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Stock Strategist Industry Reports

Are Independent Refiners Still Buys?

Shares have rallied, but valuations are still compelling as the near term remains uncertain.

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2020 has taken a turn for the worse for the oil refiners. Originally well positioned to enjoy a tailwind from the implementation of IMO 2020 regulations (wider heavy crude differentials, stronger distillate margins), refiners are now slashing capacity to adapt to crashing product margins and a collapse in demand. Demand for the remainder of the year remains uncertain, with the market largely anticipating a strong summer gasoline season as U.S. travelers look to get out of the house but avoid air travel. As a result, the jet fuel market will remain weak and spill over to the distillate market as refiners blend excess jet fuel into distillate, creating excess supply.

Despite the near-term uncertainty, we think investors should get interested in refining shares for two reasons. First, while destroying near-term demand, the coronavirus should not affect long-term demand, leaving our midcycle product margin and crude differential forecast unchanged. Second, valuations are attractive and continue to discount a return to normalized conditions. While volatility in the shares probably isn’t finished, refiners are worth a look, given their valuations and low risk of near-term financial distress. On the basis of discount to our fair value estimate as well as asset-based metrics, Marathon Petroleum (MPC) stands out, followed by HollyFrontier (HFC).

Inventories Exploded and Margins Collapsed
U.S. efforts to quarantine beginning in March took a heavy toll on domestic refined product demand. During the month of April, weekly demand for gasoline, distillate, and jet fuel fell on average 44%, 61%, and 15%, respectively. The decline in gasoline demand appears to have troughed in the first week of April with declines in subsequent weeks less extreme, albeit still severe. Meanwhile, distillate demand appeared to be worsening by late April/early May compared with earlier in the month. Jet fuel demand continues to bounce along the bottom with declines of 70% in the first week of May, at about the same level as the second week of April. Inventories have ballooned as a result, in absolute and demand-adjusted levels.

Refiners acted quickly to reduce utilization to match demand levels. Utilization levels for April fell to 70% on average, compared with 89% in 2019. After bottoming at 68% in mid-April, utilization has begun to increase slightly, most recently to 71% the last week of April, but second-quarter guidance from refiners suggest further increases are limited, as most forecast approximately 70% for the quarter.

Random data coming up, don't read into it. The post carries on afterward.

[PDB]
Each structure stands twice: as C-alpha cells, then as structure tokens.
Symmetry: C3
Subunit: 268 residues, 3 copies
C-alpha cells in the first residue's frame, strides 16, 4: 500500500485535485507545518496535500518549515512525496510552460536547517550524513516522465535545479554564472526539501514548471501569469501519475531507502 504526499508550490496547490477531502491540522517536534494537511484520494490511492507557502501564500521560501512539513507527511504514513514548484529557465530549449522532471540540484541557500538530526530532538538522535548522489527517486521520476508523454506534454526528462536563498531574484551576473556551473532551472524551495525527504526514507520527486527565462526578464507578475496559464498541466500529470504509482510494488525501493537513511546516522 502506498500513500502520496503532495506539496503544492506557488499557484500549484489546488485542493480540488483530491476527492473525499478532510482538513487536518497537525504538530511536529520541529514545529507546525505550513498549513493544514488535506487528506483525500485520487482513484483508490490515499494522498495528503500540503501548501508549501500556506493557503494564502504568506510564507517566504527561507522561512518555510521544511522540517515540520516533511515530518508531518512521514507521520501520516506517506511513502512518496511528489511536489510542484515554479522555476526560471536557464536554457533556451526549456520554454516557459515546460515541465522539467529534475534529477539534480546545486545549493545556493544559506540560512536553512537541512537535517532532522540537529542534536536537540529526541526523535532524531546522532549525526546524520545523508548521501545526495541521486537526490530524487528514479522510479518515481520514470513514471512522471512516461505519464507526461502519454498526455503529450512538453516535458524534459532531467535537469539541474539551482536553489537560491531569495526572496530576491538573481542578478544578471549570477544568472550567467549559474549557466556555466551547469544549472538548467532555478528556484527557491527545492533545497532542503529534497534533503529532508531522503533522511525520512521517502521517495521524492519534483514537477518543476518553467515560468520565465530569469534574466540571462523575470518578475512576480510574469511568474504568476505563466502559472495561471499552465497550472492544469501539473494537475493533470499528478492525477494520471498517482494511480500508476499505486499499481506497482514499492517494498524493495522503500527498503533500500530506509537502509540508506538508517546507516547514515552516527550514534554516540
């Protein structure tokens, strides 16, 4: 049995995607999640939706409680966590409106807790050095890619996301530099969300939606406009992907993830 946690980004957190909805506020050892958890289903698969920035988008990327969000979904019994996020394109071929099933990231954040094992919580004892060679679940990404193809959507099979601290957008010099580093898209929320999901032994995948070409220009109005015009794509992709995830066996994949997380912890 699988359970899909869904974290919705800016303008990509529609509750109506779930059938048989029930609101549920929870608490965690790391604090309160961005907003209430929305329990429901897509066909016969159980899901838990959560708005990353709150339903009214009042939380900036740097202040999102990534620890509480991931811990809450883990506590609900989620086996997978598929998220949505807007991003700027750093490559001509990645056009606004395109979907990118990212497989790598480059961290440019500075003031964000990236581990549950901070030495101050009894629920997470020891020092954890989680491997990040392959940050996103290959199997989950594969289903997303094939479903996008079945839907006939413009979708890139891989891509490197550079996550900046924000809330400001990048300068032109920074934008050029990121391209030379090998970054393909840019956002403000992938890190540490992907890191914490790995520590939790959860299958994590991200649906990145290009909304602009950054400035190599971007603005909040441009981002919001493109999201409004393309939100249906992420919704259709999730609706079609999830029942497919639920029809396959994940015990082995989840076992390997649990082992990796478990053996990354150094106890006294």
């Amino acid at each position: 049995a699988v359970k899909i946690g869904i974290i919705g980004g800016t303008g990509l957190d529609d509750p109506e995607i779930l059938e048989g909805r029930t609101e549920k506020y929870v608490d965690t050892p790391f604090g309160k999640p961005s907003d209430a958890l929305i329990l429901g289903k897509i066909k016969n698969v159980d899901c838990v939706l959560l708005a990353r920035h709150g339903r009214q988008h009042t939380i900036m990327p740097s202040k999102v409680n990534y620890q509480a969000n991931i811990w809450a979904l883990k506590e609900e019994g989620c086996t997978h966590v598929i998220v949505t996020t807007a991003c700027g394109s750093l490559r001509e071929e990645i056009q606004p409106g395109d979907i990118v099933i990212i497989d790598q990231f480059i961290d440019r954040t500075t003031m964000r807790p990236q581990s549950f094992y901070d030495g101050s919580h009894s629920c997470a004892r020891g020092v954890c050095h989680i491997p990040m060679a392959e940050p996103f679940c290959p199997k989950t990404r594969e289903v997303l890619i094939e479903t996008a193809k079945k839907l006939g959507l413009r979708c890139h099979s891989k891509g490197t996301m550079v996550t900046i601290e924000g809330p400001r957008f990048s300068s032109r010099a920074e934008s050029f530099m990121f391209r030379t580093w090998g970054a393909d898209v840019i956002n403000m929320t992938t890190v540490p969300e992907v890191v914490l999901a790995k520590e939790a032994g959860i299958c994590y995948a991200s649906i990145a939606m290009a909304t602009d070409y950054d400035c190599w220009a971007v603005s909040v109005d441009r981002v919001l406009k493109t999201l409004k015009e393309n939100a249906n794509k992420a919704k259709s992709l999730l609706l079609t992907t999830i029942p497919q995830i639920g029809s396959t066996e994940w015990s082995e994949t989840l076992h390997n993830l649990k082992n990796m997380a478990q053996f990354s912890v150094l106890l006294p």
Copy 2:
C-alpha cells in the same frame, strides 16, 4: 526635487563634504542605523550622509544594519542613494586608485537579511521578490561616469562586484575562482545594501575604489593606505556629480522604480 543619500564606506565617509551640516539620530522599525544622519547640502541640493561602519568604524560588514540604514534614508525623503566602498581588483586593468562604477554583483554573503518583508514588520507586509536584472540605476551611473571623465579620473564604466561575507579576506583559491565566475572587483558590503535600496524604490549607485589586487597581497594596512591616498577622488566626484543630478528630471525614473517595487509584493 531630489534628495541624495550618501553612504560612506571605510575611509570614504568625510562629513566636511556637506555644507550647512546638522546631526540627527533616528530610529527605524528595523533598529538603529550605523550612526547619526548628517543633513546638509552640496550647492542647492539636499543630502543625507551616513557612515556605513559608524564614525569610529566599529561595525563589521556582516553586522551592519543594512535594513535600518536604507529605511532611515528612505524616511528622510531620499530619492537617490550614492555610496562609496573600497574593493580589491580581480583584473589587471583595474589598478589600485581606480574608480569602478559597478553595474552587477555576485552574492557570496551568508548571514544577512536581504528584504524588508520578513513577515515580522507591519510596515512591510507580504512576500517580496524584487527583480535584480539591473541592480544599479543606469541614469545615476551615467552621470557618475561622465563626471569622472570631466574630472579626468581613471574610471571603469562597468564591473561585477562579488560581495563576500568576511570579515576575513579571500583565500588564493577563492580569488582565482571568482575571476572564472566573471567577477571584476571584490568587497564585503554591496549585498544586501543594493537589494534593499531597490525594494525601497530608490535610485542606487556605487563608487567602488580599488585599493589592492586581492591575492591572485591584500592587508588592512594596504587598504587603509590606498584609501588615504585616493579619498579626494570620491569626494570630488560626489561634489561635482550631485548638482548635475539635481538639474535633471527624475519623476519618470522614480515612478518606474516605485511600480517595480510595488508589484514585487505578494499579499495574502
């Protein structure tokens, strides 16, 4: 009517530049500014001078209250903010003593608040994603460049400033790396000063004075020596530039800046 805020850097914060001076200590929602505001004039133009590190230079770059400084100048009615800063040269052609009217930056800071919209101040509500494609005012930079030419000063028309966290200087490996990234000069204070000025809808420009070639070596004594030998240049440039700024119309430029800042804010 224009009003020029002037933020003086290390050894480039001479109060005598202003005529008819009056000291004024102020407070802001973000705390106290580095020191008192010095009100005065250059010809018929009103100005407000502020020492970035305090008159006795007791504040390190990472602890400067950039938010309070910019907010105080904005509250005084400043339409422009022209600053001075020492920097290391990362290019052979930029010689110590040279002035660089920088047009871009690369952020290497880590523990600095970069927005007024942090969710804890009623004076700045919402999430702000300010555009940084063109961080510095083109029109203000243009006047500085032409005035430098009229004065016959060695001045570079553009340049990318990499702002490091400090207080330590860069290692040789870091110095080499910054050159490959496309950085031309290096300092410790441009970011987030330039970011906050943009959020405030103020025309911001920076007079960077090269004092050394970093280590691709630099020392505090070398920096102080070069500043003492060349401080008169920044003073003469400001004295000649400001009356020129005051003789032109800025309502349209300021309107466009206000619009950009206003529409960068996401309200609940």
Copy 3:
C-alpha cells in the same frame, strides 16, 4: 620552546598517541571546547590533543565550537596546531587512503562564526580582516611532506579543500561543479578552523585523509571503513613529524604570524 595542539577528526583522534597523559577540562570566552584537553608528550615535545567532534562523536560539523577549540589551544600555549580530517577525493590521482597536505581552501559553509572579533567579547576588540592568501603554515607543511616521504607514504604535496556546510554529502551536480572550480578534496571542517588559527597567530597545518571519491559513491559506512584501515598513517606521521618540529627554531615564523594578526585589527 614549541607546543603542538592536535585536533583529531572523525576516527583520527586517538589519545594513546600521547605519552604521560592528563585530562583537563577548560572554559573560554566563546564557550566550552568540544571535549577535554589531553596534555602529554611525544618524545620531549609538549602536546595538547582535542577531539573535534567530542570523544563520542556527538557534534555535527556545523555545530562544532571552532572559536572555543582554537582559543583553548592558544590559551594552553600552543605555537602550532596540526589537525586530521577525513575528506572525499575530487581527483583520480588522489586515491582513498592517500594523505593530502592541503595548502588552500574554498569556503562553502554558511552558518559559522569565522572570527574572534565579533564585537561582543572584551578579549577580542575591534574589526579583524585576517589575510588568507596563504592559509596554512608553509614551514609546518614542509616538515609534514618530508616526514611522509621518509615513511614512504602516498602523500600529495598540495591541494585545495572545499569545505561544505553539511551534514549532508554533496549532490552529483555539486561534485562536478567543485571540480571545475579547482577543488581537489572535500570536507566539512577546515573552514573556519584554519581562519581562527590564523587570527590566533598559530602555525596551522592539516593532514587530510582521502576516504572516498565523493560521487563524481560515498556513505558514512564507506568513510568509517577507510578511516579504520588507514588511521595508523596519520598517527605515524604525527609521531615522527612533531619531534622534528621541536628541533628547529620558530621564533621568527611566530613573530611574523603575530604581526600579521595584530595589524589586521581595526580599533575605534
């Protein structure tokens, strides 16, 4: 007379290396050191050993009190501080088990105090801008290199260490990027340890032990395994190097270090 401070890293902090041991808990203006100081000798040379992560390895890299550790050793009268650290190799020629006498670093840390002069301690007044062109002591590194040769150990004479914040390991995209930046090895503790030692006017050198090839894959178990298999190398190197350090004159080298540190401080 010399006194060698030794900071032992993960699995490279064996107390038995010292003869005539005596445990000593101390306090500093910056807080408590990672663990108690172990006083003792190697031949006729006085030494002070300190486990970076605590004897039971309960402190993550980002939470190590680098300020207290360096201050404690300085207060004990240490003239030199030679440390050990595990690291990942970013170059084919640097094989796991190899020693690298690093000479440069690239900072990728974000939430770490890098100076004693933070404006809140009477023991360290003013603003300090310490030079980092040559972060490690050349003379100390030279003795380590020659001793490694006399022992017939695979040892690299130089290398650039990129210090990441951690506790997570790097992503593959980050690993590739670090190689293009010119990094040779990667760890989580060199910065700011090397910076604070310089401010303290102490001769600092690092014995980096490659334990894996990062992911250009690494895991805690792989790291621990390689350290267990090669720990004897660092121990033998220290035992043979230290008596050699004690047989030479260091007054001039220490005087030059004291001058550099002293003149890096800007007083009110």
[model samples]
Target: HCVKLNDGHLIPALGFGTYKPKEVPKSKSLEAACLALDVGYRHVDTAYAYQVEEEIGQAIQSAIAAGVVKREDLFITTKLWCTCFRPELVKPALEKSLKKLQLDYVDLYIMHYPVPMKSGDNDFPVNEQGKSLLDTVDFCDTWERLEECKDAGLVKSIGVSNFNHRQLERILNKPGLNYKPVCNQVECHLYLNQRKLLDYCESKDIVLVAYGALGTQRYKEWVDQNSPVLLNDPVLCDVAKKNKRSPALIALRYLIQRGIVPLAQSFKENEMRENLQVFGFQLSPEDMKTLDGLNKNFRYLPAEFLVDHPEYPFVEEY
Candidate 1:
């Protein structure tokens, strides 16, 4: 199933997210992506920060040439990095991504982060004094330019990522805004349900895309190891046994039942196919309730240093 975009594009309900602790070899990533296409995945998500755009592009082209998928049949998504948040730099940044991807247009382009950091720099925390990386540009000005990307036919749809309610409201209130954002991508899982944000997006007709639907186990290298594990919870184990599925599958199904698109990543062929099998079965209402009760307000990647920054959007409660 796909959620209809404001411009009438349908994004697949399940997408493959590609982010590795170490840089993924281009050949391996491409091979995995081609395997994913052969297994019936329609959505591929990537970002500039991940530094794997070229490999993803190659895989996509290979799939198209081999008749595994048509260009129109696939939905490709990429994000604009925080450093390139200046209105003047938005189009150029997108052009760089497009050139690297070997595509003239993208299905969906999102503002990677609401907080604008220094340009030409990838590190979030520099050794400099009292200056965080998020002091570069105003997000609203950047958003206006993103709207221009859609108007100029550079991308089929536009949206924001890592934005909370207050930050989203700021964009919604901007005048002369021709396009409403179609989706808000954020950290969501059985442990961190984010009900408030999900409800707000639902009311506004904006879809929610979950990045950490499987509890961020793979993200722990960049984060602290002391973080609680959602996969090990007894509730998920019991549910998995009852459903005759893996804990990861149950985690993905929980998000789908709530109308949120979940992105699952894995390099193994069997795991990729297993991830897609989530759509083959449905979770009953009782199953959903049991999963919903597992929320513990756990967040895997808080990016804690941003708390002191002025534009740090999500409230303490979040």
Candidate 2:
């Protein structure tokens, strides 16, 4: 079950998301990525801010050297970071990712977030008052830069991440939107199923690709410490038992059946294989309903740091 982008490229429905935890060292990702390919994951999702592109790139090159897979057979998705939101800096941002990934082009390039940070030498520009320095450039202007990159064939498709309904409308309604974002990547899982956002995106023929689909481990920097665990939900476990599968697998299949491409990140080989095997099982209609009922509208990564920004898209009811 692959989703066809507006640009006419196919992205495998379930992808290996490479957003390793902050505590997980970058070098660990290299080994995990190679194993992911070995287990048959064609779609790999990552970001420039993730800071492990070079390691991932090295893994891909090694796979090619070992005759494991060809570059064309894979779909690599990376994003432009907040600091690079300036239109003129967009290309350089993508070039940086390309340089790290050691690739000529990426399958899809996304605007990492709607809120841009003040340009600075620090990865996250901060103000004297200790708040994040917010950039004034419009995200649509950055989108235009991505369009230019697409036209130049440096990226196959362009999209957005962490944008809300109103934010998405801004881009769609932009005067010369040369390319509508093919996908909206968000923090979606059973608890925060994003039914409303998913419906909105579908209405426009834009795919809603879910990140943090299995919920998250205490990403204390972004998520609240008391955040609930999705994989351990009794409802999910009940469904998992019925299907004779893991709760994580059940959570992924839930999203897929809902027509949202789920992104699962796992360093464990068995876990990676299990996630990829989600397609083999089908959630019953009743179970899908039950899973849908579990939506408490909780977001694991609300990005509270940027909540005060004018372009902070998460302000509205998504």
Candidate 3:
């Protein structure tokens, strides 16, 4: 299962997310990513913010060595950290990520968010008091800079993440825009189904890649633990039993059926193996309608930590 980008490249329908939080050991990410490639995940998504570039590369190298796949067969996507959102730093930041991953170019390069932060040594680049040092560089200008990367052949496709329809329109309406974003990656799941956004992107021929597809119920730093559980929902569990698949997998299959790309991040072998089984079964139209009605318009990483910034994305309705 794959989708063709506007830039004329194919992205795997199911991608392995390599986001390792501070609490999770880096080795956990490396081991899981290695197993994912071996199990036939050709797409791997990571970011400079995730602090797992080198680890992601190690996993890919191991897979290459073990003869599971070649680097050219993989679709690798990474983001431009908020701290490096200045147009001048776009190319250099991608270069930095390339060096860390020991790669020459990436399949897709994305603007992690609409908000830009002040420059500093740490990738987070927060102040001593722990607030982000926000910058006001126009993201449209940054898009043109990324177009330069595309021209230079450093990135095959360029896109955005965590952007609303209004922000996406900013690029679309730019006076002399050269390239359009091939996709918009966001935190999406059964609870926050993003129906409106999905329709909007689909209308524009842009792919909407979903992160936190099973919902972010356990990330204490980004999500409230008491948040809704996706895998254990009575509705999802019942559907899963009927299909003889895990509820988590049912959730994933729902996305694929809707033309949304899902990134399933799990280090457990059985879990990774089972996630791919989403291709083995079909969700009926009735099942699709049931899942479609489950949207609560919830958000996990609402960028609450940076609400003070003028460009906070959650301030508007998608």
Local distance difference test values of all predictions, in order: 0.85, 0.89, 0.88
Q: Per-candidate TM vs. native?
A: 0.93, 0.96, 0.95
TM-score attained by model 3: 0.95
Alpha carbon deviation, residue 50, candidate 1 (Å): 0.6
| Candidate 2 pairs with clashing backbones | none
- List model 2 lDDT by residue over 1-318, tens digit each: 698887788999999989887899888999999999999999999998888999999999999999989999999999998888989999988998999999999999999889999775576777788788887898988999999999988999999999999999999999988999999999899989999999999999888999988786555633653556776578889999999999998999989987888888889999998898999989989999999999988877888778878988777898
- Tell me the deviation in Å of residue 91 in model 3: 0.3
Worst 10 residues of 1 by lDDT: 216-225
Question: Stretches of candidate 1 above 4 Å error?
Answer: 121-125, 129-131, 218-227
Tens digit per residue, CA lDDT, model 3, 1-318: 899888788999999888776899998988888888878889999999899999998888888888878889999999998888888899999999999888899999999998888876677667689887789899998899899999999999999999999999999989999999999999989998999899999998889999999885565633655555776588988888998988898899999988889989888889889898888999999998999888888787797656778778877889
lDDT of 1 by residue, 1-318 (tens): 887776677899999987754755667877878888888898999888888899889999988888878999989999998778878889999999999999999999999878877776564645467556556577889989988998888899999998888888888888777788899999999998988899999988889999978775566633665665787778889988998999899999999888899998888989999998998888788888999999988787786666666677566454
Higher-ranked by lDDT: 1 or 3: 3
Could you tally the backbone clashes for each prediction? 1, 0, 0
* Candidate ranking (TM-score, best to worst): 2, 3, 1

The quick collective action by refiners could not avoid a buildup in inventories, however. The increase was especially severe on a demand-adjusted basis (days of supply), given the collapse in demand. It did at least stem the buildup in gasoline inventories, leaving distillate inventories more problematic for a recovery.

While distillate demand has held up relatively well, refiners have been mixing surplus jet fuel into the distillate pool, increasing supply and creating a buildup in inventories that might otherwise be limited, given the relatively stronger demand and reduced utilization levels. As a result, distillate production has remained at 2019 levels and jet fuel production has recently fallen to 40% of 2019 levels, despite utilization levels falling 20% from 2019 levels. This supports the idea that jet fuel is flowing into the distillate pool. Using our estimates of what jet fuel production would be, based only on the decline in 2020 utilization levels, we have determined that as of the last week of April, about 750 thousand barrels per day of jet fuel production, or 15% of 2019 distillate production, might be in the distillate pool.

The difference between the direction of inventory levels is reflected in the path of refining margins. While gasoline margins initially turned negative on the drop in demand and buildup in inventory, the recently improving inventory position has translated into a margin recovery. Meanwhile, distillate margins are continuing to weaken as inventories grow. If the trend continues, the result could be gasoline margins becoming more attractive than diesel margins, a benefit for U.S. refiners that typically produce more gasoline. This would mark a reversal of the past several years, when much stronger distillate margins have supported total gross margins and encouraged high levels of utilization.